Arabs offer 4-month window for indirect talks with Israel, Syria reserves

Abbas says Arab approval carries several messages to U.S. administration

Arab FMs meeting in Cairo condemn Israel’s practices, stress peace process as indivisible unit of comprehensive Israeli withdrawal, rejection of settlements, independent Palestinian state

Meeting stresses Jerusalem as Palestinian capital, plan laid to rescue Jerusalem, stop construction of racist separation wall

Netanyahu says he convinced Jerusalem mayor to stop demolishing Palestinians’ homes

Arab states backed a U.S. proposal for indirect talks between Palestinians and Israel, a move that analysts said would allow Palestinian leader Mahmoud Abbas to circumvent his vow not to negotiate before Israel stops building settlements.

Arab foreign ministers meeting in Cairo agreed to give the indirect talks four months to succeed and will call an emergency UN Security Council meeting if they fail, Arab League Secretary- General Amre Moussa said in a televised speech. Israeli Prime Minister Benjamin Netanyahu welcomed the Arab League decision to support the talks, his spokesman Mark Regev said.

“This is a last-ditch attempt,” Moussa said. “I repeat: this is a last-ditch attempt.” Ministers approved the proposal even though Israeli policies make it likely that “indirect talks will not yield results,” he said.

Israel-Palestinian talks have been frozen since Israel’s military offensive in the Gaza Strip in late 2008. U.S.-led efforts to revive negotiations have foundered on the issue of settlement construction, with the Palestinians demanding a total cessation of all building and Israel agreeing to a partial freeze.

“The only meaning of this decision is to cover Mahmoud Abbas,” said Moustafa El-Husseini, co-author of a book on the Arab-Israeli conflict called “The Dilemma of an Arab, the Dilemma of a Jew.” “Abbas had said no talks before a freeze on settlement construction, and now he wants to back down.” Mark Heller, a researcher at Tel Aviv University’s Institute for National Security Studies, was also skeptical.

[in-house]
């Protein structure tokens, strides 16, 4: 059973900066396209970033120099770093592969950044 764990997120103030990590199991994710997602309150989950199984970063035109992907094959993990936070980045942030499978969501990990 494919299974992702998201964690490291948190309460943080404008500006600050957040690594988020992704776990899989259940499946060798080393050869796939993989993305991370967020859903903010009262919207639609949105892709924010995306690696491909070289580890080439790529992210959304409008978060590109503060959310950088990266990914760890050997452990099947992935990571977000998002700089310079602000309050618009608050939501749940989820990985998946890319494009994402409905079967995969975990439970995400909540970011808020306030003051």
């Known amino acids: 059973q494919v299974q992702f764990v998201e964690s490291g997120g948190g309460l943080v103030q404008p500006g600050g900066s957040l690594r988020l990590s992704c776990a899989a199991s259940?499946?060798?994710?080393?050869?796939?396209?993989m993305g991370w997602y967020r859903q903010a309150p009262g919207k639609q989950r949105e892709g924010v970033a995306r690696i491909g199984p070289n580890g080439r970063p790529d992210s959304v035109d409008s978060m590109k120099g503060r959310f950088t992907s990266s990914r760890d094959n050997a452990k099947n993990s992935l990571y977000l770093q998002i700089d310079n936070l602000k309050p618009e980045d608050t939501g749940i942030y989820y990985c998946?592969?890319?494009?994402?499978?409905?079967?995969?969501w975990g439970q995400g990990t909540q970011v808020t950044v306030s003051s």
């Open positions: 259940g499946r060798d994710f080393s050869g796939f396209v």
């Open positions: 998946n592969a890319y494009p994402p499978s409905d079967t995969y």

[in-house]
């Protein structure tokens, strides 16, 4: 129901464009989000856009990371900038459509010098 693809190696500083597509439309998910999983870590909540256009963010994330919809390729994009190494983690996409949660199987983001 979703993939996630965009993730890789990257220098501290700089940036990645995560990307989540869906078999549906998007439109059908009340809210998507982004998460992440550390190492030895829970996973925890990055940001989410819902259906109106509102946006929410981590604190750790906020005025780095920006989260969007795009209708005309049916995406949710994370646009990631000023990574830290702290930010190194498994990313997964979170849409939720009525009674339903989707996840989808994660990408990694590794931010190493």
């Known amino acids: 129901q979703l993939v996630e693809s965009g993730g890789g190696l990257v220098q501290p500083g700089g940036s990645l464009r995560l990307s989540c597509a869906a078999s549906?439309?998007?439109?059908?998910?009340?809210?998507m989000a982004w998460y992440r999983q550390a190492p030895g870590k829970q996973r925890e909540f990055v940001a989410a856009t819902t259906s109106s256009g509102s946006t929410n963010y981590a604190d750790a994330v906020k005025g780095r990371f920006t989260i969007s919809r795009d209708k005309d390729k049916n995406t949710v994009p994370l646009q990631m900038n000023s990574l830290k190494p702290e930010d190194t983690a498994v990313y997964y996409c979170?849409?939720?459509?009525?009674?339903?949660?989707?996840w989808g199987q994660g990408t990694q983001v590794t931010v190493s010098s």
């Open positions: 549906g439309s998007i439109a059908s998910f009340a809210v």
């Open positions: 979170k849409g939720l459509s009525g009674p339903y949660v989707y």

“I doubt it will produce any substantial breakthrough unless the U.S. is prepared to put a great deal of pressure on both sides,” he said. “This is a way for everybody to revive the appearance of a working peace process.”

The decision to back indirect talks was taken by a special committee of foreign ministers that includes Egypt, Jordan, Qatar, Syria, Saudi Arabia, Bahrain and Yemen. Abbas said that he would accept any decision by the committee.

Nabil Abu Rudeineh, a spokesman for Abbas, said in a statement carried by the authority’s official Wafa news agency that the Palestinian leader “looked at the committee’s final statement and found out that it is accepted by both the Palestinian Authority and the Arab countries.”

Regev said Israel hoped now “that it will be possible to move forward.” He declined to discuss details about the structure and content of the talks.

The administration of U.S. President Barack Obama has criticized Israel for building settlements and called for their halt to revive peace talks. U.S. Secretary of State Hillary Clinton praised Netanyahu for agreeing in November to a partial settlement freeze.

Arab analysts including El-Husseini say the U.S. wants Arabs to compromise after failing to extract more concessions from Israel.

“Netanyahu has swept the floor with Obama,” El-Husseini said. “Obama had upped the ante and couldn’t keep it.”

Arab support for the plan wasn’t unanimous. Syrian Foreign Minister Walid Al-Muallem unsuccessfully tried to interrupt Moussa’s speech to express reservations about the agreement.

“There was no consensus on the statement,” and the decision to restart talks should have been left to the Palestinians, al-Muallem said later when given the floor.

US Middle East envoy George Mitchell is to meet Palestinian leader Mahmoud Abbas in the West Bank town of Ramallah on March 8, a Palestinian official said on Wednesday.

"President Abbas is to hold talks next Monday with George Mitchell in Ramallah," said chief negotiator Saeb Erekat, without giving details.

US Secretary of State Hillary Clinton, meanwhile, welcomed Arab backing at a foreign ministers' meeting in Cairo earlier on Wednesday for indirect peace talks between Israel and the Palestinians.

Washington hopes the talks will begin soon, Clinton said during a visit to Brazil, confirming that Mitchell would play a central role.

The Arab foreign ministers agreed to back one last round of indirect talks despite skepticism over Israel's readiness to revive peace efforts, Arab League chief Amr Moussa said in Cairo.

"We were very pleased by the endorsement that came out of Cairo, that came out of the Arab follow-up group with respect to the proximity talks. We hope that they will begin soon," Clinton told reporters in Brasilia.

"Senator Mitchell will be deeply involved in those talks," she added.

"I think the United States, along with other countries, are very committed to try to bring about the two-state solution and we hope the proximity talks will be the beginning of that process," she said.